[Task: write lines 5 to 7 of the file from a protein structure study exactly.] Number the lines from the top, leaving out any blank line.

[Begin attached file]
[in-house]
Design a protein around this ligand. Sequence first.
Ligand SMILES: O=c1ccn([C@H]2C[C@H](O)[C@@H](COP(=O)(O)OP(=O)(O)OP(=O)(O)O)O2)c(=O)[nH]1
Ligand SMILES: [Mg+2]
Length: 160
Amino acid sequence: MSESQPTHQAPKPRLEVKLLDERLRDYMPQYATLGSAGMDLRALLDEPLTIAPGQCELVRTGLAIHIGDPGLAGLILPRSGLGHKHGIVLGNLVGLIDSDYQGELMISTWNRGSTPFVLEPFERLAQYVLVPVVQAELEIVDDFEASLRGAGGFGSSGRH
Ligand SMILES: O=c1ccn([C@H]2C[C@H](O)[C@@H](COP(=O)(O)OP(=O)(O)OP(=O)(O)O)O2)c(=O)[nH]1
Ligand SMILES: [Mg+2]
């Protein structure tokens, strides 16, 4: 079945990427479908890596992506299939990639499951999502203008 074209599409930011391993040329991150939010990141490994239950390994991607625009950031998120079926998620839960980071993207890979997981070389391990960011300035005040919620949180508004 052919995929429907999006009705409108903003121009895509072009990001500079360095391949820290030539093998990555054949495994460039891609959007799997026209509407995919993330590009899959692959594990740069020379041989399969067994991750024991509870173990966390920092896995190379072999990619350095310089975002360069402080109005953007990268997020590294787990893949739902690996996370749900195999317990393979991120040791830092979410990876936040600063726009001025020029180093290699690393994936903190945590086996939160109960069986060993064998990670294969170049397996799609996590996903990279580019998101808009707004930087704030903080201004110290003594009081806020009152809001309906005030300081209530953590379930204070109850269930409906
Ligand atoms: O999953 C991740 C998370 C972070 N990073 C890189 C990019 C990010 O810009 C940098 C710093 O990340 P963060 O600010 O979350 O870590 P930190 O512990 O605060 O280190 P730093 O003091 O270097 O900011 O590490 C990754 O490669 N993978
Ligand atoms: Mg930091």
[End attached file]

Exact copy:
Length: 160
Amino acid sequence: MSESQPTHQAPKPRLEVKLLDERLRDYMPQYATLGSAGMDLRALLDEPLTIAPGQCELVRTGLAIHIGDPGLAGLILPRSGLGHKHGIVLGNLVGLIDSDYQGELMISTWNRGSTPFVLEPFERLAQYVLVPVVQAELEIVDDFEASLRGAGGFGSSGRH
Ligand SMILES: O=c1ccn([C@H]2C[C@H](O)[C@@H](COP(=O)(O)OP(=O)(O)OP(=O)(O)O)O2)c(=O)[nH]1